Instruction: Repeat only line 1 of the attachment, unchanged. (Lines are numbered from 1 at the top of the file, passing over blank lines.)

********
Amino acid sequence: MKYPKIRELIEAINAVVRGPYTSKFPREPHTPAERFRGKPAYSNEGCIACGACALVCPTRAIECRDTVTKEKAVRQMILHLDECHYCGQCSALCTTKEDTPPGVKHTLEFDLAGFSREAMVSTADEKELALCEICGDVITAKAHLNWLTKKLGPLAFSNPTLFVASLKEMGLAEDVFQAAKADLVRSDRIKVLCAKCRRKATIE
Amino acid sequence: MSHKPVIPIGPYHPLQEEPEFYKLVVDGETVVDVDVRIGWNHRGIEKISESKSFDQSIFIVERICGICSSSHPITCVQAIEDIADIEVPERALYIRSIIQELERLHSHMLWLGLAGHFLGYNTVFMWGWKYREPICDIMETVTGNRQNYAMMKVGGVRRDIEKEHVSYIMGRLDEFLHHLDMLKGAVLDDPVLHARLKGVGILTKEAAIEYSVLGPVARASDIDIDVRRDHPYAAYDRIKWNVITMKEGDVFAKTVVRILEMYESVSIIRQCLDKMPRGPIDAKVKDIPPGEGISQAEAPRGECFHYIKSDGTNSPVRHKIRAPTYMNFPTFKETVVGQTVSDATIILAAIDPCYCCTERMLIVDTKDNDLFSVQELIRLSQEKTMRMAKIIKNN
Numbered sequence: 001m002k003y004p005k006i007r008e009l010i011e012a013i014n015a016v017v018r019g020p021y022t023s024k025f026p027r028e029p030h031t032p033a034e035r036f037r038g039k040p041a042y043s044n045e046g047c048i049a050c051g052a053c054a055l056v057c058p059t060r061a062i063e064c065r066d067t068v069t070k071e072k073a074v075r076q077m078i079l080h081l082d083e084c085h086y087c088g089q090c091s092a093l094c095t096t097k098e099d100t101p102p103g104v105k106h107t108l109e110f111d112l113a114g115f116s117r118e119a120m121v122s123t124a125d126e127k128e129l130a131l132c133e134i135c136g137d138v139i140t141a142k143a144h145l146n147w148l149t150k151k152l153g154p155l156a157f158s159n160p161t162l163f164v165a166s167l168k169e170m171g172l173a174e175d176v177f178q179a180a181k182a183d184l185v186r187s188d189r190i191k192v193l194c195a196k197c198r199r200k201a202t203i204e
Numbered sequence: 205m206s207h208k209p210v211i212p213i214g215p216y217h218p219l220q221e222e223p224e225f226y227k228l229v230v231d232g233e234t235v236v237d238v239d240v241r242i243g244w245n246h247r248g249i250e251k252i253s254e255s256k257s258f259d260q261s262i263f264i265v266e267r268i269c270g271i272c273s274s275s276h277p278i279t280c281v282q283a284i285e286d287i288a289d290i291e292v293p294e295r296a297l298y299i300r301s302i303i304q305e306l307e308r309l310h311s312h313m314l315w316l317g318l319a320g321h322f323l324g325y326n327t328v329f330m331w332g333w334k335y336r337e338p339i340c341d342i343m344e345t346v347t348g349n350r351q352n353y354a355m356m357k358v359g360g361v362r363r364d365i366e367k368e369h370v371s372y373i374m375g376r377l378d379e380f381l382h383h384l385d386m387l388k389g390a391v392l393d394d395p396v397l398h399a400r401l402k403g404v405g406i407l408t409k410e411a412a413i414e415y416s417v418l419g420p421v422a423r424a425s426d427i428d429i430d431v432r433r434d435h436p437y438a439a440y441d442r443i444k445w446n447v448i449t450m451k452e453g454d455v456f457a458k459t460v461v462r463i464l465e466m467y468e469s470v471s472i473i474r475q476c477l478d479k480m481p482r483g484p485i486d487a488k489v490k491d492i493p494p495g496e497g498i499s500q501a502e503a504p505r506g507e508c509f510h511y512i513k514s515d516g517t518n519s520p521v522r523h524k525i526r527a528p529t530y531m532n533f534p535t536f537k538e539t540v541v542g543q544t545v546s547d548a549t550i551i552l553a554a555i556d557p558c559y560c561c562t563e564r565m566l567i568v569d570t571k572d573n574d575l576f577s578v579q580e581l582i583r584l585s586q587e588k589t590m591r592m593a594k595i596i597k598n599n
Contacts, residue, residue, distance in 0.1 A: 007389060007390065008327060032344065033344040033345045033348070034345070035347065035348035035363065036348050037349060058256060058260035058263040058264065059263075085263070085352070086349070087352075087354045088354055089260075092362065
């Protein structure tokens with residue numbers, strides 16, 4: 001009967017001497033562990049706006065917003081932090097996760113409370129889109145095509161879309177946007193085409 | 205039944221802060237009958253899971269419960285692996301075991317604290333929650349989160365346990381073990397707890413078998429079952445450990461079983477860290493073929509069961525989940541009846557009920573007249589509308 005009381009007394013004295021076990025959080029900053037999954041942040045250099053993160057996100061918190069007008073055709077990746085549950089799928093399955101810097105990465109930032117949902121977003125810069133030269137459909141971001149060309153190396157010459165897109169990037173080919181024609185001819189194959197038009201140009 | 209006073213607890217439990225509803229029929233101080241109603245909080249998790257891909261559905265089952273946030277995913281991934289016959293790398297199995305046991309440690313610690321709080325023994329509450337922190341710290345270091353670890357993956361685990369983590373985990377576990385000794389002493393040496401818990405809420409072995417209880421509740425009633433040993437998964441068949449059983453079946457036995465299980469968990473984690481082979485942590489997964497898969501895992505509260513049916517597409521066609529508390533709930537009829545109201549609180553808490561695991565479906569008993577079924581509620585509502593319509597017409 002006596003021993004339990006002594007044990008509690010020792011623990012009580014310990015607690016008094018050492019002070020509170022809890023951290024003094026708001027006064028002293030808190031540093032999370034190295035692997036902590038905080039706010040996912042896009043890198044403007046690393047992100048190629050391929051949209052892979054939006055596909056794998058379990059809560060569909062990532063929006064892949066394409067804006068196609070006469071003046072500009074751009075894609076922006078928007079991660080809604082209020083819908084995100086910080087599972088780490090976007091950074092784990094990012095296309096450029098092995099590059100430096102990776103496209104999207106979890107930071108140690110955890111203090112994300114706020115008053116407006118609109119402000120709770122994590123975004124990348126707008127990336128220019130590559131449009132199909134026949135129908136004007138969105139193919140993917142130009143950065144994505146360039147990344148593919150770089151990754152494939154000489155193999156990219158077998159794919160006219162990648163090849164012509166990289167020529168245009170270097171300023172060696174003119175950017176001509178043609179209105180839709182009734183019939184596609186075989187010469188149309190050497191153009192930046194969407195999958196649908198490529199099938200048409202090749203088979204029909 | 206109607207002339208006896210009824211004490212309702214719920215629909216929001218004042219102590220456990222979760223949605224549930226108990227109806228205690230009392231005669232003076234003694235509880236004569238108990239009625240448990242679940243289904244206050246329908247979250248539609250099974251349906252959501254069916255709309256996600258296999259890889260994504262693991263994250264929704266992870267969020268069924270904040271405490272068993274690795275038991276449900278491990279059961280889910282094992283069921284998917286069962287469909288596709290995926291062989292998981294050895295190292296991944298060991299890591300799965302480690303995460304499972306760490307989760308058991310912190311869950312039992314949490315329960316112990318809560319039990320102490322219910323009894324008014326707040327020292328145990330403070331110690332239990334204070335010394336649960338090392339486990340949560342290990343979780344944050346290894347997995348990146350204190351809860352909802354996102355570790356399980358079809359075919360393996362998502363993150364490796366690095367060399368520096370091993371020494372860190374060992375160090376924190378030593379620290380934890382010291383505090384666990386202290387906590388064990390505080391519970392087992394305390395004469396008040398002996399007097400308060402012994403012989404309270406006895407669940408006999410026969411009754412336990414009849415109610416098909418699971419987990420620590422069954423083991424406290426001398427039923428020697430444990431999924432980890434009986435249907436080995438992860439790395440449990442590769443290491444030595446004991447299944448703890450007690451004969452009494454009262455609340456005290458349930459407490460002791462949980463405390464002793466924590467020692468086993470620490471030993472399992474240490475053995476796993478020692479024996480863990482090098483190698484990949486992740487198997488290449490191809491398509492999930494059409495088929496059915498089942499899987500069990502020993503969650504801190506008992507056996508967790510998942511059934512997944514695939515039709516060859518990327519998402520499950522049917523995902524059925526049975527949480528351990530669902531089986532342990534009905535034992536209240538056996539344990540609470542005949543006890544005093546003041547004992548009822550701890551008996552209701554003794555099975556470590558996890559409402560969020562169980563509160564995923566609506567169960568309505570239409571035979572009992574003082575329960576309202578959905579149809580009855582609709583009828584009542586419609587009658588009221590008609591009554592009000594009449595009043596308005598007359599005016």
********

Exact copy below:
Amino acid sequence: MKYPKIRELIEAINAVVRGPYTSKFPREPHTPAERFRGKPAYSNEGCIACGACALVCPTRAIECRDTVTKEKAVRQMILHLDECHYCGQCSALCTTKEDTPPGVKHTLEFDLAGFSREAMVSTADEKELALCEICGDVITAKAHLNWLTKKLGPLAFSNPTLFVASLKEMGLAEDVFQAAKADLVRSDRIKVLCAKCRRKATIE